Cannes-bound Singapore films Apprentice by Boo Junfeng and A Yellow Bird by K. Rajagopal have one thing in common apart from their prison themes - producer Fran Borgia.
But Borgia, 36, who was born in Spain, is quick to dispel the idea that he somehow has this magic touch because two of his features are at the prestigious Cannes Film Festival at the same time.
He says: "It just happened that the timing is perfect and both of them are ready at the same time. It has been almost five years in the making for each of them."
What he does not dismiss is the importance of the achievement for the two directors. "Cannes gets more than 3,000 submissions every year and only 50 films are picked. There are no other films from around the region, but Singapore has two films," he says of Boo's psychological prison drama and Rajagopal's debut film about a man released from prison.
"We do need to take this moment and let people see that we have stories to tell and the creative people who can come up with these kinds of films."
It is not incongruous for Borgia to include himself with Singaporean film-makers in his use of "we".
Married to Singaporean house- wife Joey Lam, he has called Singapore home for the past 14 years and is very much a key actor in the independent movie scene here. In fact, the Singapore permanent resident proudly introduces himself as a Singapore film-maker at festivals and speaks with a light accent that suggests both Europe and Singapore.
His love of film is palpable.
"I really like to take projects where I believe in the person who drives it and that is the director. I always feel the director is like a fire and he has to burn me," he says during this interview at his set-up Akanga Film Asia in Kelantan Lane.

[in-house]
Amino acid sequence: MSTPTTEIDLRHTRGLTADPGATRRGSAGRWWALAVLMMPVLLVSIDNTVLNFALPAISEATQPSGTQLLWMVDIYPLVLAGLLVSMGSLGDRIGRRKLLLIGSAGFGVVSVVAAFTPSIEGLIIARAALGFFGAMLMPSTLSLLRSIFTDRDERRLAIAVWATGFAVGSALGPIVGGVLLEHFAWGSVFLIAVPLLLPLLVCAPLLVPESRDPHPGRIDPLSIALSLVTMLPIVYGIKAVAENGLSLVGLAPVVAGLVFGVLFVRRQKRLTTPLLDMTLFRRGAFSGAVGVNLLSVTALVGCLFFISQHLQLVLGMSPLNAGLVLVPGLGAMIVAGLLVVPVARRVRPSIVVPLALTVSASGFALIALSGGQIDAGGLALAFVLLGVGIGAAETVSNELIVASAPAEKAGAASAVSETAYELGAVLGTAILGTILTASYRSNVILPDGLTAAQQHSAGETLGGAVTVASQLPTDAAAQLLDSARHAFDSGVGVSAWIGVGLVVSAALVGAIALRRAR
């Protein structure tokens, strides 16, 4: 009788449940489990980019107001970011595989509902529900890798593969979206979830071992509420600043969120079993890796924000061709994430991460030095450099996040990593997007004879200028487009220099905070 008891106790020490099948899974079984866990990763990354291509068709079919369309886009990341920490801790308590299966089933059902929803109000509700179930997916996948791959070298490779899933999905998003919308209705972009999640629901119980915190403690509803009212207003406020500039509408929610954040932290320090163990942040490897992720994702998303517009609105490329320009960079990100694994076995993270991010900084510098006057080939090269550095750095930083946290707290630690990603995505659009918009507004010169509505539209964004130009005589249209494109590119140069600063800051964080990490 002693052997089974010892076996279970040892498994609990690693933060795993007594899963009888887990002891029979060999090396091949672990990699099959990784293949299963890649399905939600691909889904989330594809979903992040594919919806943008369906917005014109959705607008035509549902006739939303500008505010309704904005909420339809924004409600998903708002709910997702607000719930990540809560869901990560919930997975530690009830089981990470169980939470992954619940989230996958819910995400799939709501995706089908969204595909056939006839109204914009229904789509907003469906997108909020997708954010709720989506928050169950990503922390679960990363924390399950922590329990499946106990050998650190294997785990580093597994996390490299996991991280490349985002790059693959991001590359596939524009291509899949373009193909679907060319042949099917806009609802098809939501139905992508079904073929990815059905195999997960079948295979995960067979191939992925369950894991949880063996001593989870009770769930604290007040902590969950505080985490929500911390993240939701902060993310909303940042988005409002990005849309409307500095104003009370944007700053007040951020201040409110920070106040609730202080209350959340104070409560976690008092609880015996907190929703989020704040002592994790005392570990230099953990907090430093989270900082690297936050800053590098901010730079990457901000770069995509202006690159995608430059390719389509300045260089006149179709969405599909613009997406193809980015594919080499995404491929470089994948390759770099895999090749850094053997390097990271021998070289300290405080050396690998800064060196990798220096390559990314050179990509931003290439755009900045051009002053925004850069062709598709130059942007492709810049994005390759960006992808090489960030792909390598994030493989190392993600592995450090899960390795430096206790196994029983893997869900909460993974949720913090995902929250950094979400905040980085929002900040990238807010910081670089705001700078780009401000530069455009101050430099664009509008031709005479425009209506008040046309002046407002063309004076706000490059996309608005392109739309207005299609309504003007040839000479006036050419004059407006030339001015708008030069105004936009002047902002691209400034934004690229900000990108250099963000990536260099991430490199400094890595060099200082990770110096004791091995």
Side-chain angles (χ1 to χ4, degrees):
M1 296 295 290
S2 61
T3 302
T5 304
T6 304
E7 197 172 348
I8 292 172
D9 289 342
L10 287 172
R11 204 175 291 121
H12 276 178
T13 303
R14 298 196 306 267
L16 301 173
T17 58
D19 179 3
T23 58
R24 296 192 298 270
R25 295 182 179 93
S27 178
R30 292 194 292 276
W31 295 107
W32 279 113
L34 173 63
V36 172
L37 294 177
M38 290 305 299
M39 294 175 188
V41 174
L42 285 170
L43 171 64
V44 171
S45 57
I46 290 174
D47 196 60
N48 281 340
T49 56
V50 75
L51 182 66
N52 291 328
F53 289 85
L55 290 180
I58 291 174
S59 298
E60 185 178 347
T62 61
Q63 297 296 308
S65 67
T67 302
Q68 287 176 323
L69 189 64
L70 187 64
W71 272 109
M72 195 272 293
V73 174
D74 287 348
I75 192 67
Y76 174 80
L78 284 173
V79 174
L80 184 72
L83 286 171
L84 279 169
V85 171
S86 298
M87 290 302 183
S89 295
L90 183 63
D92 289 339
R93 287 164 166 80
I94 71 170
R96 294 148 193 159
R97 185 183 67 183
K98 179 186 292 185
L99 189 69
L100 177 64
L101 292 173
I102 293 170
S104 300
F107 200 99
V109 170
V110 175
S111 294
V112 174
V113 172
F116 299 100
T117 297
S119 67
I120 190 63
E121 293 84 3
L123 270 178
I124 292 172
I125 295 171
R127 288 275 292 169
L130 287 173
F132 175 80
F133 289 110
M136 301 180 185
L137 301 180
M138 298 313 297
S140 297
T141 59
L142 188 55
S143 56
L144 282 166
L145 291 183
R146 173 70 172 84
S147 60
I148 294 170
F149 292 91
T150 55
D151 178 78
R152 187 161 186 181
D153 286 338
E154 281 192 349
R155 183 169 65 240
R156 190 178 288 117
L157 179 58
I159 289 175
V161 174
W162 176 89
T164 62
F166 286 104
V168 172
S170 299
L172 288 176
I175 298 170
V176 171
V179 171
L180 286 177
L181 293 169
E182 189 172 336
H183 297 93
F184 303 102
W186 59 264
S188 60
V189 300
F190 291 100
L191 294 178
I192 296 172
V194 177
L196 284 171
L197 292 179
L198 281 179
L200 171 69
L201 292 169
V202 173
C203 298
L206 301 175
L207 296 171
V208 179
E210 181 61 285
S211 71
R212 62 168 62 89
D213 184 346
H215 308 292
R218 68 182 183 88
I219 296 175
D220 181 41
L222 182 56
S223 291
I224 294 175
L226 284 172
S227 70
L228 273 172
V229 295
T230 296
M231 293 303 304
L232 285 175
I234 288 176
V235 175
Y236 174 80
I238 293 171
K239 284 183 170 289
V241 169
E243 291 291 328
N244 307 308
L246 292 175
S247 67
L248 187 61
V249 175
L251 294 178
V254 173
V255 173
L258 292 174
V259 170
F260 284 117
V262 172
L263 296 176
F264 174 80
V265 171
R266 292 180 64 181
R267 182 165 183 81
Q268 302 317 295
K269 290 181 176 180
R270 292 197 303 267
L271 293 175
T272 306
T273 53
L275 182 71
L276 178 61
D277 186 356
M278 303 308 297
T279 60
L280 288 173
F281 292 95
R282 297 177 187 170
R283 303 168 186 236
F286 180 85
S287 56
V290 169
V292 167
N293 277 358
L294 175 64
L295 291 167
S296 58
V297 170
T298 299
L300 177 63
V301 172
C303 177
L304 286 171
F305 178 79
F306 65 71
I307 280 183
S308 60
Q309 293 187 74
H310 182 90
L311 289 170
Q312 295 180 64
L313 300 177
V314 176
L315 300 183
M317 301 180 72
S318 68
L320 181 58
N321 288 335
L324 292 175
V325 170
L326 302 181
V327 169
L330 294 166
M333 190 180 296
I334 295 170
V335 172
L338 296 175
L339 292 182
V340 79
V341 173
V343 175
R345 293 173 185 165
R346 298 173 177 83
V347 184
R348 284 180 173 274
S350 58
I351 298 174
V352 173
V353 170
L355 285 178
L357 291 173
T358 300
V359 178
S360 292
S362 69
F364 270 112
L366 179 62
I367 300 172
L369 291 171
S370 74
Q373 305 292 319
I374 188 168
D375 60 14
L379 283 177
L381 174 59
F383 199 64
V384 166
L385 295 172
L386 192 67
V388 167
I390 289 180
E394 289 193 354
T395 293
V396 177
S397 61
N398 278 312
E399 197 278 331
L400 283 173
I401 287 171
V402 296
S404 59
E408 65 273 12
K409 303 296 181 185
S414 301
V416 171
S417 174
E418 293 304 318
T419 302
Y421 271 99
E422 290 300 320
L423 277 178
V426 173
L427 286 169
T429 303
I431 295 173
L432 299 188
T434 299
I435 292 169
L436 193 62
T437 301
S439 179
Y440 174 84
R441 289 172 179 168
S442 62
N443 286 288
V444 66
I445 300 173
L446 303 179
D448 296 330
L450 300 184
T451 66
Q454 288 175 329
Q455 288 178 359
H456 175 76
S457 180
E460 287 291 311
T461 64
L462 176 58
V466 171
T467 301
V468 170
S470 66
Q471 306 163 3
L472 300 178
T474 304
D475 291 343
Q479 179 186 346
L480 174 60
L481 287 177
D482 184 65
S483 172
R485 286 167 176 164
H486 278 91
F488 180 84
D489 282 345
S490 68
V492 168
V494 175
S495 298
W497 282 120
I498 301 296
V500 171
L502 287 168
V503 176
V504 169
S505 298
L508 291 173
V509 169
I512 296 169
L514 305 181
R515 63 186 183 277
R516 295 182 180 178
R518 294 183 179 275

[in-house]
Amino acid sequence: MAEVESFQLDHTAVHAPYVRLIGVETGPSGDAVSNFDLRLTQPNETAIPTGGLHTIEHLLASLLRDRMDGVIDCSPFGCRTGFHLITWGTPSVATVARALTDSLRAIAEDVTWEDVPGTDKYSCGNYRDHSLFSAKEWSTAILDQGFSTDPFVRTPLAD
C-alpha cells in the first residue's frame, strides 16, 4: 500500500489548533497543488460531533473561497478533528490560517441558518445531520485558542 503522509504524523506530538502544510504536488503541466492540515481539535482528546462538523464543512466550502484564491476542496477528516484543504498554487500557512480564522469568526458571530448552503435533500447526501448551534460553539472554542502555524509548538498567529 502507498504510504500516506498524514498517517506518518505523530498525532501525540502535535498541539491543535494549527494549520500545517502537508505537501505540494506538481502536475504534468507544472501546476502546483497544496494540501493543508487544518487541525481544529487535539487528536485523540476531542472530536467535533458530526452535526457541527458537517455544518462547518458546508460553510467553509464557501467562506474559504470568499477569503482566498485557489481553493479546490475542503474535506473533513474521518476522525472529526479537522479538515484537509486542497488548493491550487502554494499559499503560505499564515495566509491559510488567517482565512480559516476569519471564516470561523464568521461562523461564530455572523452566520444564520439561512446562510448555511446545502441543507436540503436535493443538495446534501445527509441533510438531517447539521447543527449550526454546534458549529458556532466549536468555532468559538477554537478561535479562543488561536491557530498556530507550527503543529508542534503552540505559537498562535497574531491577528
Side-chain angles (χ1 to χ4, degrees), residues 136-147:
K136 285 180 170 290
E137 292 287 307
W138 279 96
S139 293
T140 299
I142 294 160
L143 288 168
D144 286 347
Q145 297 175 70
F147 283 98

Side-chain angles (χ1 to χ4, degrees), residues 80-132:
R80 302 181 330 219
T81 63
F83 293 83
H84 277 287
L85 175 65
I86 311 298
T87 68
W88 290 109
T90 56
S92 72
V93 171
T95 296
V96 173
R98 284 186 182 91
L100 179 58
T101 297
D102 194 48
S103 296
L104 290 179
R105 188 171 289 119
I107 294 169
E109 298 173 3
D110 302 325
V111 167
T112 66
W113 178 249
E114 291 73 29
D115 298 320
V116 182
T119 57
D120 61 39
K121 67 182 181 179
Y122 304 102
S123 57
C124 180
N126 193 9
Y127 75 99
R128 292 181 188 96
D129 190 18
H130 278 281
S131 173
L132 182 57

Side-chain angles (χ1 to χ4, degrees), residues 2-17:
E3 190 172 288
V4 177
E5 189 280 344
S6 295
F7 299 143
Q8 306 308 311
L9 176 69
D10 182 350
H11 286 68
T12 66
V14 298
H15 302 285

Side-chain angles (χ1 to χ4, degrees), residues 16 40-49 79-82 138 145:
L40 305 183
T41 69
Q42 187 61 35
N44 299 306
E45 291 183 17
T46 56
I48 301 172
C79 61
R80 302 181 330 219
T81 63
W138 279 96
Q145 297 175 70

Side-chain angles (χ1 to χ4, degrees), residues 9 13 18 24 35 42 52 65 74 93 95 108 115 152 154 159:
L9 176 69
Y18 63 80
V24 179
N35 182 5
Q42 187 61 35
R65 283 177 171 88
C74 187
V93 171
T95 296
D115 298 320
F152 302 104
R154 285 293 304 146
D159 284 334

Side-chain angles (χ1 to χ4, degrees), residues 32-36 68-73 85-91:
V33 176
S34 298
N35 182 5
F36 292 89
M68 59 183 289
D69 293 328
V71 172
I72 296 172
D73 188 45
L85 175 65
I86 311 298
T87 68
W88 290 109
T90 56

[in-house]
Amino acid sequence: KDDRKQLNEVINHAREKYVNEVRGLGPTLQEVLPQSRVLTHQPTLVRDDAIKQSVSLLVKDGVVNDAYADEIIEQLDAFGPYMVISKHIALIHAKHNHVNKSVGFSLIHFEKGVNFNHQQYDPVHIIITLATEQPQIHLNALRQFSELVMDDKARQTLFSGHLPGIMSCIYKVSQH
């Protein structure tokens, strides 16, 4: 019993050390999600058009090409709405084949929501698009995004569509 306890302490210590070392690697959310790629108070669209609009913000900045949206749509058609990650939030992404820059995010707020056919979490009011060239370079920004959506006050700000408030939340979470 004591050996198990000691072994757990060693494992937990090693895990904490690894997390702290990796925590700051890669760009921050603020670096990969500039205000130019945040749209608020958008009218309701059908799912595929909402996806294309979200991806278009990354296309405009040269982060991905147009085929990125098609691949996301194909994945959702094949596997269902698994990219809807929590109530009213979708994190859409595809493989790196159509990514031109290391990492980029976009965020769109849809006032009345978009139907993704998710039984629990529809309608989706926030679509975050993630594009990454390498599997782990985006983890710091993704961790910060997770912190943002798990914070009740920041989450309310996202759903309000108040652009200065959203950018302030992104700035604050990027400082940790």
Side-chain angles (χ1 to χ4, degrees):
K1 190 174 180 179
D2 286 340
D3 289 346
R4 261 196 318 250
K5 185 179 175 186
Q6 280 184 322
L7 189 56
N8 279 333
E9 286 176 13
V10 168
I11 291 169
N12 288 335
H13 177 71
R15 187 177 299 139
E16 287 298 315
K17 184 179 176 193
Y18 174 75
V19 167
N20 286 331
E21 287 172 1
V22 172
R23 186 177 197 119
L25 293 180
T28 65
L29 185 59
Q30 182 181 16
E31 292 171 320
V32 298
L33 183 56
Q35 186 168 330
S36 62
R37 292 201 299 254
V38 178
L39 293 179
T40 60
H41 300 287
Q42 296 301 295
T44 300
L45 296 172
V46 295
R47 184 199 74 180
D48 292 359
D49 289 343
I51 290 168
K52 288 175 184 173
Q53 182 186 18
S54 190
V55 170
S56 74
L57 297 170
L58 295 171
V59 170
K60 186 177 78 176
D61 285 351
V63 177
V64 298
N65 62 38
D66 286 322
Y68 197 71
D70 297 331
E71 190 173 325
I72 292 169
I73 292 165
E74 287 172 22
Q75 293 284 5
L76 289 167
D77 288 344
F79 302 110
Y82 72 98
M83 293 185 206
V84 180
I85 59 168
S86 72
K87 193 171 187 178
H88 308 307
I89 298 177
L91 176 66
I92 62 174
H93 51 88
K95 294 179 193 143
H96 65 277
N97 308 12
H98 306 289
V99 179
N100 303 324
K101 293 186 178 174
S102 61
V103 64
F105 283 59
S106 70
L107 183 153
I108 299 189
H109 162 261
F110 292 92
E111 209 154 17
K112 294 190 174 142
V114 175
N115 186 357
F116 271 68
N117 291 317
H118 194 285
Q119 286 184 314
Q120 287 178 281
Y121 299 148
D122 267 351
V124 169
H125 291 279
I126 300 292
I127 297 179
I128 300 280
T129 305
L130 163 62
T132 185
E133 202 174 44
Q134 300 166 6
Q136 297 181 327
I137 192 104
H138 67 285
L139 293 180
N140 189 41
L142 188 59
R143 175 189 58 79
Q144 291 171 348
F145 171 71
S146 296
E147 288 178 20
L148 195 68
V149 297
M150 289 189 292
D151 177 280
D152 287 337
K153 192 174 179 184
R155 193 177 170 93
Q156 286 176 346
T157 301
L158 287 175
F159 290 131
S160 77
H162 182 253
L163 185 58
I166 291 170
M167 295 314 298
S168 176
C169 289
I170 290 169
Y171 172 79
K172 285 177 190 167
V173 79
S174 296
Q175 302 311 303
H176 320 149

And when he feels the burning passion, he will take the plunge.
"As a producer, I like to be involved from the very beginning to the very end. I like to develop a project and add as much to it as I can."
While he relies on commercial work to pay the bills, he adds: "If I do only commercial work to earn money, I won't be able to live."
He lives his life the same way he makes films, by following his heart.
When he came to Singapore as an exchange student, he fell in love with Ms Lam, 37, who graduated from Ngee Ann Polytechnic's Film, Sound and Video Department, and ended up moving here. They have two sons, aged three and one.
He has a bachelor's degree in film directing from the University of Barcelona and producing was something he got into when he came here in 2003 because he "needed a pass to stay".
"The way to easily get an entrepreneur pass was to create a business, so I started Akanga."
Of the seven features Akanga has made, four were picked up by Cannes - Apprentice, A Yellow Bird, Boo's debut coming-of-age feature Sandcastle (2010) and Ho Tzu Nyen's Here (2009).
The other three went to the Berlin International Film Festival (Lav Diaz's A Lullaby To The Sorrowful Mystery, 2016), Rotterdam International Film Festival (Vladimir Todorovic's Disappearing Landscape, 2013) and Edinburgh International Film Festival (Christine Molloy and Joe Lawlor's Mister John, 2013).
Borgia says he does not miss directing: "I am totally fulfilled with the films I've been involved in."
Given how intensely he involves himself, it is not surprising to learn that he likes to work with friends and that the films burnish the friendship further.
"I feel that I can work only with friends as I need to know them very well. I need to feel that friendship with a director in order to give 100 per cent of my time," he says.
He first met Boo when the latter was in Barcelona as an exchange student in 2003. They worked together on Boo's short films and Sandcastle was a natural extension. Rajagopal acted in The King Lear Project: A Trilogy, a conceptual theatre piece Borgia co-directed with Ho in 2008 for the Singapore Arts Festival.
Borgia says: "I'm excited to work with young film-makers who have done only one or two films. I want to have the chance to work with as many directors as I can."
He is toying with a "crazy policy" - that he would work with a film- maker no more than two times.
Then, with his collaboration with Boo in mind, he adds with a grin: "Maybe you should put three times in the article because we're already talking about the next one."